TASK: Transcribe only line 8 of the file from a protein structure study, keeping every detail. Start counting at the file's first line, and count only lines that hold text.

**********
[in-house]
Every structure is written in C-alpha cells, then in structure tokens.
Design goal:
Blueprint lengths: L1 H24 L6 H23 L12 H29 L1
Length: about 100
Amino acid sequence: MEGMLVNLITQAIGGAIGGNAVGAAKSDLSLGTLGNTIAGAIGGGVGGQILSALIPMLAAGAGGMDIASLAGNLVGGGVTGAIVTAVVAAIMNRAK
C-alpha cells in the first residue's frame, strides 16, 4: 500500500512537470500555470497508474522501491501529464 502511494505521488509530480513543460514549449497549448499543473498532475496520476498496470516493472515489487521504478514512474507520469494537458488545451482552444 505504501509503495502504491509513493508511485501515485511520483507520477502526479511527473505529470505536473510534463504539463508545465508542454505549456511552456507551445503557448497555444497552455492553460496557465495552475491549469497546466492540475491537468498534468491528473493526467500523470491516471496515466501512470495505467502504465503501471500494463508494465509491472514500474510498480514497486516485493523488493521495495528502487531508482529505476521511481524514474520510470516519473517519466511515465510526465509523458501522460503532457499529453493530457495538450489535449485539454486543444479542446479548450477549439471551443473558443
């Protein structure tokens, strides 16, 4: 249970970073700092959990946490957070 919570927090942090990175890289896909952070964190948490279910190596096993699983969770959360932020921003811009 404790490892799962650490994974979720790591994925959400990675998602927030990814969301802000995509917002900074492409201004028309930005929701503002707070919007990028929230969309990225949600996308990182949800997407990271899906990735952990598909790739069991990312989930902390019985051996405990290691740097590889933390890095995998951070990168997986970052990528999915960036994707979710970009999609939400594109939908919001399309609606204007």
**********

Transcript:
């Protein structure tokens, strides 16, 4: 249970970073700092959990946490957070 919570927090942090990175890289896909952070964190948490279910190596096993699983969770959360932020921003811009 404790490892799962650490994974979720790591994925959400990675998602927030990814969301802000995509917002900074492409201004028309930005929701503002707070919007990028929230969309990225949600996308990182949800997407990271899906990735952990598909790739069991990312989930902390019985051996405990290691740097590889933390890095995998951070990168997986970052990528999915960036994707979710970009999609939400594109939908919001399309609606204007």